To supplement the MARA program, I have sought out every opportunity available to immerse myself in the archival field. I left my full-time job so that I could volunteer at the Maine Historical Society’s archive, where I flexed my processing muscles. Volunteering under the tutelage of the Archivist at MHS provided me with a clearer vision of my concept of archival work and what I want my role to be in the archive. Processing has emerged as my strongest talent when it comes to archive work, and it is my sincerest desire to work as a processing archivist for an historical archive.

During my time at the Maine Historical Society I had many opportunities to witness the practical application of course learnings. I can recall working with my first archival collection, an assortment of business ledgers, correspondence, and other materials belonging to a prominent family in Portland, which I was tasked with processing, including arrangement and the creation of a comprehensive finding aid. Working with this collection was my first opportunity to make decisions regarding the best arrangement of materials, perform preservation activities, and write up a finding aid that will assist in future research endeavors. The importance of establishing a useable order as dictated during classroom instruction became a reality during this first project, and applying classroom learning to this collection set a precedent for my future work.

During the arrangement of one collection in particular I had an epiphanous moment when I realized the importance of records classification for the creation of records series in order to arrange the collection’s many interconnected categories. By adjusting my approach to arrangement based on course learnings, I was able to organize the collection to maximize its usability for future users. The combination of fundamentals of classroom learning and prior experience as applied to real-world situations allows for a balanced archival approach to processing.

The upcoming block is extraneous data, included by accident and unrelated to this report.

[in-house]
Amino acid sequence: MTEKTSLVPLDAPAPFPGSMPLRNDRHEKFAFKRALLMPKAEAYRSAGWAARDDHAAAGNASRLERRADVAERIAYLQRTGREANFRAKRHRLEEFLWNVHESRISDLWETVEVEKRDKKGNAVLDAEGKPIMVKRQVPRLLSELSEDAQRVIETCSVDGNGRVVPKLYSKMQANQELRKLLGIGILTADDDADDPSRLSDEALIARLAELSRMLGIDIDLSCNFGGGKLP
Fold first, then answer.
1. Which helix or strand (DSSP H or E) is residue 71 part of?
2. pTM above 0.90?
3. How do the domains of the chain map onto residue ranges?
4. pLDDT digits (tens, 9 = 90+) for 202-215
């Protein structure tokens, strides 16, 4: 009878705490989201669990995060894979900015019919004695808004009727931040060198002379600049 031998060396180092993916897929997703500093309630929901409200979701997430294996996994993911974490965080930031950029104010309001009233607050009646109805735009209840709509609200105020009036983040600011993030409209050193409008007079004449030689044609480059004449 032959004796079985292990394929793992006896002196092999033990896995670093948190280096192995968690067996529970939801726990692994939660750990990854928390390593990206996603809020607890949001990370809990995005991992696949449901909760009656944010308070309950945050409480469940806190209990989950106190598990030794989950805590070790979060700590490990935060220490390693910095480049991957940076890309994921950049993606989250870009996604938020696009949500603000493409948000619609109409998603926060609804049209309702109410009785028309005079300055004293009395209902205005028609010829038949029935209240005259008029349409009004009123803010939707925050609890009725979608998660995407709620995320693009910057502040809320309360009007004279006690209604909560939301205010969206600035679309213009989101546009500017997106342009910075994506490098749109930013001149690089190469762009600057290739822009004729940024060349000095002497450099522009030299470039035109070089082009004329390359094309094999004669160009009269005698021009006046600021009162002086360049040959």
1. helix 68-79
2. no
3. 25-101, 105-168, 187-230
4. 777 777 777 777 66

Throughout the program, assigned readings have had a considerable impact on the learning experience and the application of archival concepts during my volunteer work and internships. I have found Leading and Managing Archives and Records Programs: Strategies for Success edited by Bruce W. Dearstyne and Managing Records: A Handbook of Principles and Practice by Elizabeth Shepherd and Geoffrey Yeo particularly helpful in conveying strategies required for the implementation of effective records management practices. In furthering my understanding the necessities of security and the importance of establishing security procedures, I have found Principles of Information Security by Michael E. Whitman and Herbert J. Mattord and Information Governance: Concepts, Strategies, and Best Practices by Robert F. Smallwood quite informative. A Modern Archives Reader: Basic Readings on Archival Theory and Practice edited by Maygene F. Daniels and Timothy Walch has been indispensable to me during the program. This text has been my favorite, as it has guided me during my time processing archival collections as a volunteer and intern as it provided practical information for putting archival theory into practice. In addition to academic texts, I am continuously inspired by the history texts of Alison Weir, English historian and author, whose meticulously researched histories rely on archive collections.